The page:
It can be so hard trying to work out what our ideal weight should be. We know we want to change, but what goal should we aim for? Some of us want to look like Angelina Jolie, or the woman we see at the gym with fantastic abs and a waistline as small as our wrists. Most of us know that’s not realistic – but how do we know what our ideal healthy weight should be?
Well, the worst possible way to decide what weight you should be is to compare yourself to a celebrity, your best friend or any other person for that matter. We’re not those people, and nor can we ever be.
Step 1: Stop the Comparisons!
As Mish says:
“Comparing our physical selves with others is not just bad; it’s disastrous. There can never be a good outcome. There will always be someone who is slimmer, more athletic or more photoshopped.”
The next worst way is to decide by looking in the mirror. Why? Because our mood can fluctuate dramatically, and with it so does the way we feel when we look at ourselves.
Some days we think we look like Shrek after an all-night pizza frenzy, other days we feel so damn hot we could dance in Beyoncé’s video. How can we make any kind of judgement based on such wild swings of thinking?
And then there are those times we simply pluck a figure out of the air for how much we want to weigh, without regard to what the ideal number is for our height. “I want to weigh 50 kilos!” you declare, not realising that at 173cm tall you’d be underweight – and undernourished.
Discovering your ideal weight is not as black and white as numbers on a chart – it’s much more complex than that. There are several factors to consider, including gender, height, muscle-to-fat ratio and even where you tend to store fat.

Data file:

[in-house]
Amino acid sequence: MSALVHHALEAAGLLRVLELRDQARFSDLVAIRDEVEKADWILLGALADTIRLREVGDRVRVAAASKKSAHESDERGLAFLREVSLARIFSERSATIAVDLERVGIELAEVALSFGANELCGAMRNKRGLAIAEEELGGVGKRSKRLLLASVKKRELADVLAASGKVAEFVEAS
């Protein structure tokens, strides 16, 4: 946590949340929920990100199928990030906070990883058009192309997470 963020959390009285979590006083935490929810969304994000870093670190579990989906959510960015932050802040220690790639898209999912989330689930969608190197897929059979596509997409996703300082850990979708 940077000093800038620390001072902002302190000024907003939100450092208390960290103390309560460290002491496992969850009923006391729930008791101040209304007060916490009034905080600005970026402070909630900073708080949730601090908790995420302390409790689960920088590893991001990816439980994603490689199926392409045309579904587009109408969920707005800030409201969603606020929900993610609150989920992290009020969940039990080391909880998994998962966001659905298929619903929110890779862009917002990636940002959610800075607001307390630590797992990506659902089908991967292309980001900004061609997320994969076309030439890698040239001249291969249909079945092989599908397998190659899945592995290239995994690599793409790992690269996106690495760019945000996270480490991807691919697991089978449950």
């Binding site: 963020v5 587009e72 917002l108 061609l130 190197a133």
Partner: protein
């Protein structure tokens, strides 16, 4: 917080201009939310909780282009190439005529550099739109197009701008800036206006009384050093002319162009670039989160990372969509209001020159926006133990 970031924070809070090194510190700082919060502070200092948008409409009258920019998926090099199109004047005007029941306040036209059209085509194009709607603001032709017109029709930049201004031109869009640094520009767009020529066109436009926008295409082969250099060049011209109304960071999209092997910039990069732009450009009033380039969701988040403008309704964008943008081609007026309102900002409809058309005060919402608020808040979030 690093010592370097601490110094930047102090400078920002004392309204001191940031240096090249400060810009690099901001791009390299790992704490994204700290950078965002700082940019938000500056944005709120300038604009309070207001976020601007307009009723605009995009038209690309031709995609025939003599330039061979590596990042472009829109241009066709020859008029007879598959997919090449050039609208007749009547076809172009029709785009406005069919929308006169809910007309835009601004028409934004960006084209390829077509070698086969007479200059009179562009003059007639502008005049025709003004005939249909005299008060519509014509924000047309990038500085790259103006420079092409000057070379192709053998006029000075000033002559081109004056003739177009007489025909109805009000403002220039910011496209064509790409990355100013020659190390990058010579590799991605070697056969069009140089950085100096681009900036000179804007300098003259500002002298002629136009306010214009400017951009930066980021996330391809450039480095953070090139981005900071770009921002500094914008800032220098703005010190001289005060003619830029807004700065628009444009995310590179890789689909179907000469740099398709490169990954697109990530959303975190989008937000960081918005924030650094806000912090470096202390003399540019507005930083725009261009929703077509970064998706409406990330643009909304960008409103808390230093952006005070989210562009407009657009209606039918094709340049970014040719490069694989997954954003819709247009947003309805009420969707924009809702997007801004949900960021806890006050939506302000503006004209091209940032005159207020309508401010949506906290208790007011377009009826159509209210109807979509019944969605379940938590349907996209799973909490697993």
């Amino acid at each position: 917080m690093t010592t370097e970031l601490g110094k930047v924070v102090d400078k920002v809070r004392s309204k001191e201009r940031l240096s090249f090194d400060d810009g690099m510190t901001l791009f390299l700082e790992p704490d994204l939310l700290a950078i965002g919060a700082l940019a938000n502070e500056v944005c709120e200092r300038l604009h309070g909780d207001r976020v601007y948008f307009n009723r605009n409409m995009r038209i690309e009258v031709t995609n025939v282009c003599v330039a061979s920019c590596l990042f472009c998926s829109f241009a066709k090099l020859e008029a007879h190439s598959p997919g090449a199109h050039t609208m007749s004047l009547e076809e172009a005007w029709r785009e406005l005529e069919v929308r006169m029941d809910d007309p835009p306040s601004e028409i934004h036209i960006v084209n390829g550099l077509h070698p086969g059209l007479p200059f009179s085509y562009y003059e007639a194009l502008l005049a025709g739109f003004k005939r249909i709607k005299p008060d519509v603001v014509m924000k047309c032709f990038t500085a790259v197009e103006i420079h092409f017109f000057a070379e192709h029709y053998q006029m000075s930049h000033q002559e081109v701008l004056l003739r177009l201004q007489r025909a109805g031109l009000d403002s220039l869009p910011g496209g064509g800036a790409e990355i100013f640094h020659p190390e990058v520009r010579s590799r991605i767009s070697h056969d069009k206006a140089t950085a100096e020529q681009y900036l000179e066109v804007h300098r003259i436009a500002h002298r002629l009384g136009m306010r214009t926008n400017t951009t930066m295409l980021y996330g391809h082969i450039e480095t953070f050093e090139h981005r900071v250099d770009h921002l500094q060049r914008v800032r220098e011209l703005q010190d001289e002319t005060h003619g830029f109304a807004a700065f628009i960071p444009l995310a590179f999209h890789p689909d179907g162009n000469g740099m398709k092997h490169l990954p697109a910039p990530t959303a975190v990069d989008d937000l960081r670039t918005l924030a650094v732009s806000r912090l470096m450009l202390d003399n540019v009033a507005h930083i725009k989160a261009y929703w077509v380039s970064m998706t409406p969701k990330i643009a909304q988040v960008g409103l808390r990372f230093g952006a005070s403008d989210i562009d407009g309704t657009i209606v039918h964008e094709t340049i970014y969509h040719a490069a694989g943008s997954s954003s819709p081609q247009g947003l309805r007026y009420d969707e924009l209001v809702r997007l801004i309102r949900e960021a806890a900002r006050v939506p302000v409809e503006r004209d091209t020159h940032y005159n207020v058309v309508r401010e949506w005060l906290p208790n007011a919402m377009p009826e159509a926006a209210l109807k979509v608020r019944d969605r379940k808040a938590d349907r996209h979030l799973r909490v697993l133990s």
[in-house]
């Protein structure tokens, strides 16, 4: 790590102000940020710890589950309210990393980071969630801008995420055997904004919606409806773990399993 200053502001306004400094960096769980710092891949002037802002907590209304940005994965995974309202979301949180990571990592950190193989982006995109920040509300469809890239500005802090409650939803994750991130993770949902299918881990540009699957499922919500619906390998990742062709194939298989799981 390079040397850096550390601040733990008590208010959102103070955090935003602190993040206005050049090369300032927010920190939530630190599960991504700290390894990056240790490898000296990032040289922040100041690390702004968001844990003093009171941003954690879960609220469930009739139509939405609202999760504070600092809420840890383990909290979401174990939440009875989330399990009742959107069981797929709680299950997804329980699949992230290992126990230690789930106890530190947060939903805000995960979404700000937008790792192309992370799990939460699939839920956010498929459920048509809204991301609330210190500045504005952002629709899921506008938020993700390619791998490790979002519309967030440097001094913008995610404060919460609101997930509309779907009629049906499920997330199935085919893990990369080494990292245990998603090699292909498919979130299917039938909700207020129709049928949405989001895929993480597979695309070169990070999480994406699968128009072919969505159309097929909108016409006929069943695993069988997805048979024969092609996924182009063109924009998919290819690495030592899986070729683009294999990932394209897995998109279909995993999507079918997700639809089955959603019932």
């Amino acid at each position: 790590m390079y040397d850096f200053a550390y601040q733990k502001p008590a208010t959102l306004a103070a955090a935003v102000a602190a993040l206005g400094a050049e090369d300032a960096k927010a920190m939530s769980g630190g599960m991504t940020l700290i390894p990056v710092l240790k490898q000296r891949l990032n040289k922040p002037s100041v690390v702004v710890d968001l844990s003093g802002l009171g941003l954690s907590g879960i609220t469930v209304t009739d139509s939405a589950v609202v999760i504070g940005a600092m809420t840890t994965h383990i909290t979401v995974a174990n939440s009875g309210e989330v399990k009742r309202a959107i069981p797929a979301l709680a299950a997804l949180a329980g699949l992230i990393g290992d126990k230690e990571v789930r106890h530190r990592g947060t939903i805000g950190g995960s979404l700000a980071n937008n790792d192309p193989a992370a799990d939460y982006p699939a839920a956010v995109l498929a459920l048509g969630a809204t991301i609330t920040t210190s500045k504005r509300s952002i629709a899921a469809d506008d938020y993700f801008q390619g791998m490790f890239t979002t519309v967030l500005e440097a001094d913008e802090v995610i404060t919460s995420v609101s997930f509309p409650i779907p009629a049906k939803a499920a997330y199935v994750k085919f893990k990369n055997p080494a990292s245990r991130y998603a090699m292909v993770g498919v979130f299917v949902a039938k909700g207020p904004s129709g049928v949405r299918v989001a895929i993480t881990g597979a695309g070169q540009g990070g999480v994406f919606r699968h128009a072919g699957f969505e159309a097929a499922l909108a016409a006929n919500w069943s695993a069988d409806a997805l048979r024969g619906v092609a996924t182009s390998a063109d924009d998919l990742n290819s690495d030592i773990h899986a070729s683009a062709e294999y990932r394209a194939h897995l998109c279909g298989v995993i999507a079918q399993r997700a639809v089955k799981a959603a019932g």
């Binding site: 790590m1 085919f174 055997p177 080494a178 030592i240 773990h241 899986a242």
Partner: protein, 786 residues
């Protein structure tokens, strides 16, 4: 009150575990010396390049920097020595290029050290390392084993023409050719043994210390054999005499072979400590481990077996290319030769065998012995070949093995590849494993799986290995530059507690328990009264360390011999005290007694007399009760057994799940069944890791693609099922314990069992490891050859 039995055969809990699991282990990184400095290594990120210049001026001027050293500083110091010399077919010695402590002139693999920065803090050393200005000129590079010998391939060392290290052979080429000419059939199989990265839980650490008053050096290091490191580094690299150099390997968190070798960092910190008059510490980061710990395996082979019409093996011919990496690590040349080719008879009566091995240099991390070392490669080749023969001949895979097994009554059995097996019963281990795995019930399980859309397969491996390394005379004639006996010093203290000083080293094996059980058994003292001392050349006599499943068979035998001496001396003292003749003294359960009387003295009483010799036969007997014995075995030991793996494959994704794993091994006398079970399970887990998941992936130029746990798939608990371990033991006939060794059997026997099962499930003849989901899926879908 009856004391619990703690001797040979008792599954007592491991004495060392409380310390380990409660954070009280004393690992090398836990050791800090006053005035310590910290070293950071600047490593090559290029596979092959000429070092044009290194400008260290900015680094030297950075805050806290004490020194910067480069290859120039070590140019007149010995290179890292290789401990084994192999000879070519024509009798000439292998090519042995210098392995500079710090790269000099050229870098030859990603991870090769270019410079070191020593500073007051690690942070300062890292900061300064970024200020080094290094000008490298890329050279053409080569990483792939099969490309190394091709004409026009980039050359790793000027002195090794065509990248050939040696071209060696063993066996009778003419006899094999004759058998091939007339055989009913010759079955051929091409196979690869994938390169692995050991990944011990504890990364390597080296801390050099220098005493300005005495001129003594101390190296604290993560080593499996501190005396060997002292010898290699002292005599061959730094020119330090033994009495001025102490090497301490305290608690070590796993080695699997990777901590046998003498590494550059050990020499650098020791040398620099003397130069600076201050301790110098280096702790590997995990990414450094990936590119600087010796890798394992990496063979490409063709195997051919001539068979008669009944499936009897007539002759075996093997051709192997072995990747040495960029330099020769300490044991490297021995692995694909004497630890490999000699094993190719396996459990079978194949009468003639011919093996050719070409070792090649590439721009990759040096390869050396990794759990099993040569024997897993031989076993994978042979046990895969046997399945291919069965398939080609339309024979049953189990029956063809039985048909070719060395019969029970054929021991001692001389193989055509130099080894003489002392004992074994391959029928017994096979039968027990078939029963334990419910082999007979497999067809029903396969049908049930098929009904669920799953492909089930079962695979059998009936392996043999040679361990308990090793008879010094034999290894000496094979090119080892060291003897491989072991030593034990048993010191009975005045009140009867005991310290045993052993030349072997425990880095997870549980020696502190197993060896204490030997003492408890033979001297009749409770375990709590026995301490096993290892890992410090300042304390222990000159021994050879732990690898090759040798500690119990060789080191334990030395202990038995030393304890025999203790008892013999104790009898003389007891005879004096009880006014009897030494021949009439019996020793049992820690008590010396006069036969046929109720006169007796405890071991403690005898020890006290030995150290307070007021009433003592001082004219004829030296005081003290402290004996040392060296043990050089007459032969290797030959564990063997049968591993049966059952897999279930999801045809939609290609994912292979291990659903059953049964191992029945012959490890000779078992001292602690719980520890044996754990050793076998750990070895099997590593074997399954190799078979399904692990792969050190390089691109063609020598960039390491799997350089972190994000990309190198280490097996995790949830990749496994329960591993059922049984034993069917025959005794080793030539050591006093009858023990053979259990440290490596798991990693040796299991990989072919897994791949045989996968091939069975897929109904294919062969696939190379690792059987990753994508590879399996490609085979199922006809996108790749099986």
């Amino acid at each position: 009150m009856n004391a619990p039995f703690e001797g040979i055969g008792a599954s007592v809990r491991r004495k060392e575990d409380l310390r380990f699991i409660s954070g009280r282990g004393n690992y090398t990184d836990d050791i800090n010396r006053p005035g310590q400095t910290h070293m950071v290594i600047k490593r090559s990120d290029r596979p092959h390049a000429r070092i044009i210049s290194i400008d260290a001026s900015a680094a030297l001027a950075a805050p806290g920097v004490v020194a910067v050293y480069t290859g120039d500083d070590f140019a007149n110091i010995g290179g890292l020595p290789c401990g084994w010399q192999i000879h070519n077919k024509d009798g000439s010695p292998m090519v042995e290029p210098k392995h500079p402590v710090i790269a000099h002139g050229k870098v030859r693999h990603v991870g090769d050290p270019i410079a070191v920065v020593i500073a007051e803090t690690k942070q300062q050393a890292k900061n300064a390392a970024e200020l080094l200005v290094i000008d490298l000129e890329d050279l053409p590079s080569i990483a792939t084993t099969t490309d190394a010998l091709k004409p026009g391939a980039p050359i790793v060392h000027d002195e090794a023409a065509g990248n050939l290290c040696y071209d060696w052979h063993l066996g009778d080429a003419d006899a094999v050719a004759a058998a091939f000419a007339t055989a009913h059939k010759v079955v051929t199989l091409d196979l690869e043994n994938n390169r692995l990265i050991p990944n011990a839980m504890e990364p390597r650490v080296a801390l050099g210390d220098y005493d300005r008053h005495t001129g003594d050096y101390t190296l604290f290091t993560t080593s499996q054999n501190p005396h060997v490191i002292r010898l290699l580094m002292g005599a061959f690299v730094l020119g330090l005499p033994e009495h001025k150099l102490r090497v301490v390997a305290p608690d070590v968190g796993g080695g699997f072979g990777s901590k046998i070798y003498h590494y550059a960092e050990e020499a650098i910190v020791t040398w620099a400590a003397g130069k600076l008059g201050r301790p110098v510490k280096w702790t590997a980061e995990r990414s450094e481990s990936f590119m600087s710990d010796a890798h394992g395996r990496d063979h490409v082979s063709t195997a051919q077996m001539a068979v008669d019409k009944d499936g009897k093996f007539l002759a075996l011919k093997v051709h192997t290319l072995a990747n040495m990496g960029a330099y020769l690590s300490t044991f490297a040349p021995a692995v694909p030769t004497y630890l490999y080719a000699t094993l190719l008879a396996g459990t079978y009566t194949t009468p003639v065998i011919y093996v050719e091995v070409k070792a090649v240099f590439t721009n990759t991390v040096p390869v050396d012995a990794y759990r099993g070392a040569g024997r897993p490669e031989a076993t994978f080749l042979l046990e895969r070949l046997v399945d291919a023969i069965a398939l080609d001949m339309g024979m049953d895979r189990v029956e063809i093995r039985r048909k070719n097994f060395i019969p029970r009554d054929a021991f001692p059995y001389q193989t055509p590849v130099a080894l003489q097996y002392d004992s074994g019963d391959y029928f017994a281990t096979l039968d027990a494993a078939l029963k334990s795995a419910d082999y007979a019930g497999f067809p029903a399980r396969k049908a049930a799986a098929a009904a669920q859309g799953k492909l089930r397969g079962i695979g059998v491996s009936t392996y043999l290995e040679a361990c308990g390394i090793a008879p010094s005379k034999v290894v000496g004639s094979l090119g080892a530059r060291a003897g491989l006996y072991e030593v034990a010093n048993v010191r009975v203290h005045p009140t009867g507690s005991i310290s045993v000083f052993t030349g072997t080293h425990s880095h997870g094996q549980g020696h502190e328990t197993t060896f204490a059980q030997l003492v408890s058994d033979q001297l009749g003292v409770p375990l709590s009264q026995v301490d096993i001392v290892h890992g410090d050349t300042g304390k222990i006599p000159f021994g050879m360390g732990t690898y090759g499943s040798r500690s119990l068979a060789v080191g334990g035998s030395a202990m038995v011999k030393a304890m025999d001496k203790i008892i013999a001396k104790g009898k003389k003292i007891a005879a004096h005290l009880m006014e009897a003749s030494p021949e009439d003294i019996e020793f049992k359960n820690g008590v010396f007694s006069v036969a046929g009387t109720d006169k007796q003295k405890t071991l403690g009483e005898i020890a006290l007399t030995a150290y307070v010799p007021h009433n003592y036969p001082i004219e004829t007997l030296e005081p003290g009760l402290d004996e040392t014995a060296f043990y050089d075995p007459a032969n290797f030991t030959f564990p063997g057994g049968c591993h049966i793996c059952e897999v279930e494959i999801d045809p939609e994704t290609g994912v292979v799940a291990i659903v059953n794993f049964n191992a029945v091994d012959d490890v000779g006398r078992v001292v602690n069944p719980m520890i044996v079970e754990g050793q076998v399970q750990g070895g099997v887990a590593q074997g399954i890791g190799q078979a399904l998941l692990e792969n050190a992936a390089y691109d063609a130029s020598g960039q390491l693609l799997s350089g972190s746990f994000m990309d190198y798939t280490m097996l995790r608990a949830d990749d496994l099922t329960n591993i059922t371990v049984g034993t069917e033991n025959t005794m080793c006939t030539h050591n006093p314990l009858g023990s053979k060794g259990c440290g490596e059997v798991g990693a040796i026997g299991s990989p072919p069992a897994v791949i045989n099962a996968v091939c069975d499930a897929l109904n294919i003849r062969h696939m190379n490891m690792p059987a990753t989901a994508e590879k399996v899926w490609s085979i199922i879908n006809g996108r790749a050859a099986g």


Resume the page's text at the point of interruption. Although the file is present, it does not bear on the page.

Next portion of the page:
Where to begin then? The best way to work out what a realistic weight goal should be is to measure your body mass index (BMI) with a BMI calculator. You’ll then need to check that your waist circumference is at a safe level using a good old-fashioned tape measure.
What’s So Great About BMI?
Body Mass Index (BMI) is a widely used tool that measures your body fat based on your weight and height. By taking these two measurements, it tells you whether you’re overweight, underweight or in a healthy weight range. And because it’s based on your height, it gives you a realistic goal to aim for. Trying to weigh the same as Angelina Jolie, for instance, simply wouldn’t work if you stand a full head and shoulders above her.
Calculate your BMI with our handy tool.
Measure Your Waist
BMI is a great tool (for most people), but it doesn’t tell the whole story. Measuring your waist circumference is far more accurate than BMI in indicating your risk for serious weight-related diseases.
Why is this? Well, when it comes to body fat, it’s not just about how much you have as where you have it. If you’re carrying too much fat around the abdomen – even if you’re otherwise slim – you’re in the danger zone.
That’s because carrying too much weight around your waist increases your risk of the following conditions:
- high blood pressure
- high cholesterol
- heart disease
- some forms of cancer
Extra waistline fat can creep up on you before you know it, so it’s important to keep track of it. Here are the measurements you need to be aware of:
According to the National Health and Medical Research Council, a waist measurement of more than 80cm for women or 94cm for men is an indicator of increased risk of heart disease. A measurement of more than 88cm for women or 102cm for men puts you at a substantially increased risk.
How to Measure Your Waist